The problem with guessing the question is there are a lot of ways to guess.

Let's make a slight change to Hypothesis 1 ("this is so unlikely that it must be a credit card processing error") The OP looks at past receipts - what is the probability that he will have to go at least 60 days back to get a matching time? (That is just under a percent)

Also, who says that just because times are expressed in seconds that the problem has one-second resolution? It could process five times a minute, at 00, 12, 24, etc. That changes all the 1/7200's into 1/600's (and the above answer to just under 10%).

I think we need to wait for the OP to write what he means.

PeroK, phinds and FactChecker
These issues are especially important if the purpose is to use the analysis in a legal context, as @OhioDoug implies. There are a lot of possible technicalities that may change the calculations significantly.

## 1. What is the definition of "random events"?

Random events refer to events that occur by chance and cannot be predicted with certainty. They are not influenced by any previous events and are independent of each other.

## 2. How do you calculate the odds of two random events occurring at the same time?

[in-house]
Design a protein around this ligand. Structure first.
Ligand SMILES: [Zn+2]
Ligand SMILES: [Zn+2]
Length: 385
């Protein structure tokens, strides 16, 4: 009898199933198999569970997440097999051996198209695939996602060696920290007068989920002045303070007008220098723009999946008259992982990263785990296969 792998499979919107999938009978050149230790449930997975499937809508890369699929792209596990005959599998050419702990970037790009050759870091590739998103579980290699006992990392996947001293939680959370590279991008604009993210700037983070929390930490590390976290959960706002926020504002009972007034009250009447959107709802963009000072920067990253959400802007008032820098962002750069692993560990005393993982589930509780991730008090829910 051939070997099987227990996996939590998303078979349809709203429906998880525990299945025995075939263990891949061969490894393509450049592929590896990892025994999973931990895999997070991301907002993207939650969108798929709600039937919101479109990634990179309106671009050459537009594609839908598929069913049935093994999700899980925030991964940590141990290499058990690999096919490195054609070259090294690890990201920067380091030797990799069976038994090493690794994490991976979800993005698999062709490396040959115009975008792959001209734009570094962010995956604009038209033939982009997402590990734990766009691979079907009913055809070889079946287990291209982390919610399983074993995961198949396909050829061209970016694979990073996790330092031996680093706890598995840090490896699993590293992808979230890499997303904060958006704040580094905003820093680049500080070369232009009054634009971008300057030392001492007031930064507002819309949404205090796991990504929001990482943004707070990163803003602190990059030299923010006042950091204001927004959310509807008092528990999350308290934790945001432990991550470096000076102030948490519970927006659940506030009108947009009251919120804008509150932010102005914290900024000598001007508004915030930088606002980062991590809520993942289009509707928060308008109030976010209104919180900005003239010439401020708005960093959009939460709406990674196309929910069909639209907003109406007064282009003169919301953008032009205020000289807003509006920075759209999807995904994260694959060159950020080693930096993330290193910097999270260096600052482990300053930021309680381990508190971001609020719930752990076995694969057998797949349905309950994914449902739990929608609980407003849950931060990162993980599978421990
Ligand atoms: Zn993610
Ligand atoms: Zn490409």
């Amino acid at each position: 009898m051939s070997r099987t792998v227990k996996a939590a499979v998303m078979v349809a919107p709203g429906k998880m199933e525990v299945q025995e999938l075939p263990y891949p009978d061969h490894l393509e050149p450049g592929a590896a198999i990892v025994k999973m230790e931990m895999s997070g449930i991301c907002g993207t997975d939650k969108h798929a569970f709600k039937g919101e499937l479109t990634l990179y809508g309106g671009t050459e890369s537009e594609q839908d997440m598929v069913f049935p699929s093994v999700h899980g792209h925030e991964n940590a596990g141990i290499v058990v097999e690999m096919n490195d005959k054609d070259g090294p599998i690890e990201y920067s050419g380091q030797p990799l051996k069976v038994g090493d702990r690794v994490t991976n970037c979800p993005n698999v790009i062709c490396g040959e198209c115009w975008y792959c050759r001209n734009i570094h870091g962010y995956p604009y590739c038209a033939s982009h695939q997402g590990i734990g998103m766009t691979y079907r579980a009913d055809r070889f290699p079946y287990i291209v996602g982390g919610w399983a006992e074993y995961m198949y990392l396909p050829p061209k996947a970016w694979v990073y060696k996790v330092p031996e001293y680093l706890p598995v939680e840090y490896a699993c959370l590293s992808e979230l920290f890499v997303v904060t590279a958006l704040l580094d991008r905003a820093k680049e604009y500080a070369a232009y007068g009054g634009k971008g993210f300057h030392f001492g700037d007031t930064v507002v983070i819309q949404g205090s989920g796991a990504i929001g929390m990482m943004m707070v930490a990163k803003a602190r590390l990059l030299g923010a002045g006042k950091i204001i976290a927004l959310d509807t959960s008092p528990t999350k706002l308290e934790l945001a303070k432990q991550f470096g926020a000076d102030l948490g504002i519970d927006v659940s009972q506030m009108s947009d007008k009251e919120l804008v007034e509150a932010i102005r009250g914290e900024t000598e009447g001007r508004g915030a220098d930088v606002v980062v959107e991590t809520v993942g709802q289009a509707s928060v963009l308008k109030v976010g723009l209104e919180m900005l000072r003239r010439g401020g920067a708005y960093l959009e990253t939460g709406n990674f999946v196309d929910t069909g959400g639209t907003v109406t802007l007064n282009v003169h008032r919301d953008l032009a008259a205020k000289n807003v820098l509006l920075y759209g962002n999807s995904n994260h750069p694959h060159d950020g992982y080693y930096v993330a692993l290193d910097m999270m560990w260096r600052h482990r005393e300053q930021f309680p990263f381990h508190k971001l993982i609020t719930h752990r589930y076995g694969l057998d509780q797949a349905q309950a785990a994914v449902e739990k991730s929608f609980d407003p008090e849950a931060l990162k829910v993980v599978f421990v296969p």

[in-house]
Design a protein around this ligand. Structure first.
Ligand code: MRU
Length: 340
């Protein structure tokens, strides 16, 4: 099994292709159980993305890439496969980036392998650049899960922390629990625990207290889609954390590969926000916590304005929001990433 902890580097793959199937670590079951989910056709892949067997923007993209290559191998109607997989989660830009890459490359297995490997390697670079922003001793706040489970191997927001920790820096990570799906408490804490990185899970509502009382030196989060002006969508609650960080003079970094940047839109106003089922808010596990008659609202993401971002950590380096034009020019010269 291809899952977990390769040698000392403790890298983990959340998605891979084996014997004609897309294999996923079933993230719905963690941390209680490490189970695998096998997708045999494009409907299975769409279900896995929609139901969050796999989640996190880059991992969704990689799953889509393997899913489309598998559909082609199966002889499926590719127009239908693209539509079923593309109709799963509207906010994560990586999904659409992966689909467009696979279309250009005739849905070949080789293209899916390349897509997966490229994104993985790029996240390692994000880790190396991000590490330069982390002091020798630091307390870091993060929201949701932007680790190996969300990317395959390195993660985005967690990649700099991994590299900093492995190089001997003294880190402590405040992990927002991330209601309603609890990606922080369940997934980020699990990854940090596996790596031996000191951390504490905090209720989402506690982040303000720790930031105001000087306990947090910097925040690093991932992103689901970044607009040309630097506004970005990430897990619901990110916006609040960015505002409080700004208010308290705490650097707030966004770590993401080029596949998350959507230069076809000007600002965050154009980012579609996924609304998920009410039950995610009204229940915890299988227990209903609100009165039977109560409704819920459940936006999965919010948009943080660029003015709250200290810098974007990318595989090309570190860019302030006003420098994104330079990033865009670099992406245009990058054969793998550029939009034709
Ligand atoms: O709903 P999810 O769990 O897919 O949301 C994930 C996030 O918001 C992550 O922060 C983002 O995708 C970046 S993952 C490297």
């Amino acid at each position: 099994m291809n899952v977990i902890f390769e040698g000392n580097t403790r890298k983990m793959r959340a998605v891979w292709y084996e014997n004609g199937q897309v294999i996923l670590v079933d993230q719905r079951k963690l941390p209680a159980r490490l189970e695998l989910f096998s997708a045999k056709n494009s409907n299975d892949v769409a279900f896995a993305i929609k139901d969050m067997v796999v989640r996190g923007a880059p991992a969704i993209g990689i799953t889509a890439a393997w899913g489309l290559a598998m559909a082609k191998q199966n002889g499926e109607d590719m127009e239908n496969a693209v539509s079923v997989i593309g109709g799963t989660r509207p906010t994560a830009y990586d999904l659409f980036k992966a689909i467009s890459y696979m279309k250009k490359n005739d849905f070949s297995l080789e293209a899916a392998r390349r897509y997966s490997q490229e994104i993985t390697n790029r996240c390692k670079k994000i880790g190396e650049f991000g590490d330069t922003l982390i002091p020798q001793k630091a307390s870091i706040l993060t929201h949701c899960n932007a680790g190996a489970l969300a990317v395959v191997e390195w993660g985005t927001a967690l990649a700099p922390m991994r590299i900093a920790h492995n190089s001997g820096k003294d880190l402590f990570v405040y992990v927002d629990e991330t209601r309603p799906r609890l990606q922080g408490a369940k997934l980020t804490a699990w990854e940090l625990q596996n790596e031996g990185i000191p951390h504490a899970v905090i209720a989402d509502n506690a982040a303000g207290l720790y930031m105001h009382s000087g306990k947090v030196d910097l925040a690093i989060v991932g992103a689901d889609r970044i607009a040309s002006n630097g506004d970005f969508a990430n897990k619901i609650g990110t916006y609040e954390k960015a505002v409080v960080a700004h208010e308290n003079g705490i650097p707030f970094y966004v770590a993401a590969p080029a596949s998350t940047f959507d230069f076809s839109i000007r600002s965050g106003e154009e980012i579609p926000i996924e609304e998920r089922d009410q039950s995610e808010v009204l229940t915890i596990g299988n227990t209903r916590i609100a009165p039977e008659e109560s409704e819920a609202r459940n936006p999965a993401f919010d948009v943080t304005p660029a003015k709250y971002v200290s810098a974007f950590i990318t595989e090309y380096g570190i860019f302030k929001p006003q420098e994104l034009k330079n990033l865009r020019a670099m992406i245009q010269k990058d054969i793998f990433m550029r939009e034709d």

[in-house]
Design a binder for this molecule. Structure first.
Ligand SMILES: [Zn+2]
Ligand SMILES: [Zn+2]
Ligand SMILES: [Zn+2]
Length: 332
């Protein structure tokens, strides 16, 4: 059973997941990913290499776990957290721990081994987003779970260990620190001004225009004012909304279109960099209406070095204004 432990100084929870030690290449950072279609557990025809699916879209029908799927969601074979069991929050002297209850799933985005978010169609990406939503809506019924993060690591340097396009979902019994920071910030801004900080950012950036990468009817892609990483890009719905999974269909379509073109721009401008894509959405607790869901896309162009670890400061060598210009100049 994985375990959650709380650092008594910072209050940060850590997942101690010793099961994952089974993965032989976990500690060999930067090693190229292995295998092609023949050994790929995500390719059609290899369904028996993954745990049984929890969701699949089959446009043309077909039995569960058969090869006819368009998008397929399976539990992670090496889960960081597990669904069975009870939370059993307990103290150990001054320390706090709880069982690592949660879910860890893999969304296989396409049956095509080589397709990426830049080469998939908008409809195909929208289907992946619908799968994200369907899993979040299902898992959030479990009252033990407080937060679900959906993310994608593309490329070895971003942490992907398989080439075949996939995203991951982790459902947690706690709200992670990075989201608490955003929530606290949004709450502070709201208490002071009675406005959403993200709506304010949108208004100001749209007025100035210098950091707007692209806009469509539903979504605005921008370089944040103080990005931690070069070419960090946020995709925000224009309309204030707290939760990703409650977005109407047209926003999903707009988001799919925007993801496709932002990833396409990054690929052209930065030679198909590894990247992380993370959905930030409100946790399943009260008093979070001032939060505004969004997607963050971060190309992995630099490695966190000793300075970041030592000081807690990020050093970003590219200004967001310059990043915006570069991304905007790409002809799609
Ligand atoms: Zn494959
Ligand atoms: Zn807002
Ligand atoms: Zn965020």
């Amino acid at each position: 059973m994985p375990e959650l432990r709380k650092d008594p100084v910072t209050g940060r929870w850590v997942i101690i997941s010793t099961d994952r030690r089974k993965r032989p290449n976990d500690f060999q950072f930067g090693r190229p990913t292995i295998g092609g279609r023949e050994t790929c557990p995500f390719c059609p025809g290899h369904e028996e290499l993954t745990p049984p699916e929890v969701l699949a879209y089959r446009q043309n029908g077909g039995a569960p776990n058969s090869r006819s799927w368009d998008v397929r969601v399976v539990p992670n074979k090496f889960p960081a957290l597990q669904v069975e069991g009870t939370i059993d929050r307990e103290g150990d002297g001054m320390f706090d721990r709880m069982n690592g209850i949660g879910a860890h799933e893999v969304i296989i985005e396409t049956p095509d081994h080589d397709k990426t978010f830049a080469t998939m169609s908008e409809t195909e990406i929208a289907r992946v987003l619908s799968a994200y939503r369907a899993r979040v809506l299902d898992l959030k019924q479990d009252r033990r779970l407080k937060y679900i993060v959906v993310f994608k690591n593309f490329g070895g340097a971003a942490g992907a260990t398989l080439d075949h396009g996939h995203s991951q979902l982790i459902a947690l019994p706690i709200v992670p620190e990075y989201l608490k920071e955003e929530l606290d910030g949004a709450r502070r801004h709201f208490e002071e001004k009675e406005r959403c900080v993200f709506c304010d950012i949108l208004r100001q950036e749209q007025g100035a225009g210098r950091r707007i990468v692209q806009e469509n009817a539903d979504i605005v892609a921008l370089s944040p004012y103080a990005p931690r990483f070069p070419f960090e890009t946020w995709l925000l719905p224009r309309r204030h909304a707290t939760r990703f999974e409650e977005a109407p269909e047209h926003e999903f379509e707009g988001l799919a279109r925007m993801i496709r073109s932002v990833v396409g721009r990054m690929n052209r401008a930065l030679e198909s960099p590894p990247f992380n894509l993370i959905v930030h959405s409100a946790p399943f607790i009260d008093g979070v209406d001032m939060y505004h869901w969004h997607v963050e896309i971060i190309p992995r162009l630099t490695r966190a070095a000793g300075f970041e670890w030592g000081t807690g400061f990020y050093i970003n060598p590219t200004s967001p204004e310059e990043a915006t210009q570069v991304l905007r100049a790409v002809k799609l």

The odds of two random events occurring at the same time can be calculated by multiplying the probabilities of each event. For example, if the probability of event A occurring is 0.5 and the probability of event B occurring is 0.3, the odds of both events occurring at the same time is 0.5 x 0.3 = 0.15 or 15%.

## 3. Can two random events occur at the exact same time?

Technically, yes. However, it is highly unlikely for two events to occur at the exact same time. This is because time is continuous and events can occur in fractions of a second, making it nearly impossible for two events to occur at the exact same moment.

## 4. How do you determine if two events are truly random?

To determine if two events are truly random, you need to analyze the data and see if there is any pattern or correlation between the events. If there is no discernible pattern or correlation, then the events can be considered random.

## 5. Can the odds of two random events occurring at the same time ever be 0?

No, the odds of two random events occurring at the same time can never be 0. This is because there is always a possibility, no matter how small, that the two events can occur simultaneously. However, the probability of this happening can be extremely low, making it practically impossible.